The MotoGP off-season training regime has taken its usual toll. On Friday, Blusens Avintia rider Hiroshi Aoyama crashed while training at a motocross track, fracturing a bone in his wrist in the processs. Aoyama was examined by Dr Xavier Mir at the Dexeus Institute in Barcelona, which treats many of the Europe-based motorcycle racers, where a minor fracture in Aoyama's left wrist was found.
Though painful, the injury should not prevent Aoyama from taking part in the first MotoGP test due to start at Sepang on February 5th. Injuries to the left wrist are easier to manage than those to the right, for the obvious reason that the right hand is needed for braking and controlling the throttle. Aoyama has been instructed to rest the wrist for a full week, to allow the wrist to recover.
The rider line up for the 2013 Moto3 season:
The rider line up for the 2013 Moto2 season:
One more slot in the 2013 MotoGP line up has been filled. Today, the Go & Fun Gresini team announced that they have signed Bryan Staring to ride the FTR Honda CRT bike for them in MotoGP in 2013. The 25-year-old left his native Australia to contest the Superstock 1000 Cup two years ago, winning races in 2012 and contending for the title all season, before ending in 4th.
Staring will continued to develop the Honda CBR1000-powered FTR machine contested by Michele Pirro in MotoGP in 2012. The name of Ryuichi Kiyonari had been linked to the ride, the former WSBK and MotoGP rider seen as one candidate to help HRC develop the production racer version of the Honda RC213V which they intend to start selling for the 2014 MotoGP season.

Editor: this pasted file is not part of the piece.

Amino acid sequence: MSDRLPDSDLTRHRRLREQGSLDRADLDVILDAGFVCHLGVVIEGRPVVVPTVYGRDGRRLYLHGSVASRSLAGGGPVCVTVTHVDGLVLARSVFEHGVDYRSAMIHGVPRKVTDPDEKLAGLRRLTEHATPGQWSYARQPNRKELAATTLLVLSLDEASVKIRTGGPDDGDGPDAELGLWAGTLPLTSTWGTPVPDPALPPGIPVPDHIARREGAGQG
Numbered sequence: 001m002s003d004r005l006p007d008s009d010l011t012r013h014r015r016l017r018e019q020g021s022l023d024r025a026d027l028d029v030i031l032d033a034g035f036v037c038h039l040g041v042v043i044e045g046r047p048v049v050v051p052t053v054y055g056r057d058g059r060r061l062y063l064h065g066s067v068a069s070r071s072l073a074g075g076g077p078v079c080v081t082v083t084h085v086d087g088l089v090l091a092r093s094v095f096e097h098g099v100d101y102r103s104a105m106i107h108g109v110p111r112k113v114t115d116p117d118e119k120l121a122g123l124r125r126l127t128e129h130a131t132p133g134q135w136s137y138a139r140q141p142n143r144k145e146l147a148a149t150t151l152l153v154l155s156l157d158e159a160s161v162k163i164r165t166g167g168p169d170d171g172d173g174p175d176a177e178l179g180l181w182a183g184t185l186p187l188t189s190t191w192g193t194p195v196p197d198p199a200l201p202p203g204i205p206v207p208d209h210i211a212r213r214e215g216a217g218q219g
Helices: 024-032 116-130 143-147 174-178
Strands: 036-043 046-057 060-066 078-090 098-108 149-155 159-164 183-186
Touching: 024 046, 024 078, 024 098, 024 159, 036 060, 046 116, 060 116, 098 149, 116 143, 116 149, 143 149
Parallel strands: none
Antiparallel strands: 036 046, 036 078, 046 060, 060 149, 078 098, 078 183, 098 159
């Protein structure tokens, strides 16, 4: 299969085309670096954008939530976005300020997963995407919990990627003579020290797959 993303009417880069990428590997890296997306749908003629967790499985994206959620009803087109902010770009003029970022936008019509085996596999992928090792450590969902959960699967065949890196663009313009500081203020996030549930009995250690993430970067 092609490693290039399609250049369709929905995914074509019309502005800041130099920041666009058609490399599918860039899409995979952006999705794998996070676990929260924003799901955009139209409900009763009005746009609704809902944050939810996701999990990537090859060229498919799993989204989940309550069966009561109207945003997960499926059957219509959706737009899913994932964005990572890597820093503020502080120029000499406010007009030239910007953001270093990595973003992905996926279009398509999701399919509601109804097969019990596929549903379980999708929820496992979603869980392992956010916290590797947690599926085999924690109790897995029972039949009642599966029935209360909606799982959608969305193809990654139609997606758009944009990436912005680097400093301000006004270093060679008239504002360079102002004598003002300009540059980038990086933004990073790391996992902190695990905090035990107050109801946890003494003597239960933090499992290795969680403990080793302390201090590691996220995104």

The signing of Staring leaves just a few CRT rides to fill for 2013. An announcement on the PBM rides is thought to be imminent, with Michael Laverty currently being hotly tipped by UK insiders to get one of the two seats. The second seat should go to Yonny Hernandez, the spectacular Colombian who had impressed in his first year in MotoGP in 2012. The latest, updated list of MotoGP riders for 2013 can be found here.
Below is the press release announcing the signing of Staring to Go & Fun Gresini:
BRYAN STARING TO RIDE WITH TEAM GO & FUN HONDA GRESINI IN 2013
Press releases from the MotoGP teams who stayed at Valencia and actually got some track time, and from Yamaha, who went to Aragon, and sat about watching the rain:
Press releases from the teams, from the single tire supplier and from Honda after Sunday's dramatic MotoGP race at Valencia:
Press releases from the MotoGP teams and single tire supplier after a rained-out day of practice at Valencia:
Press releases from the MotoGP teams and the single tire supplier ahead of this weekend's season finale at Valencia: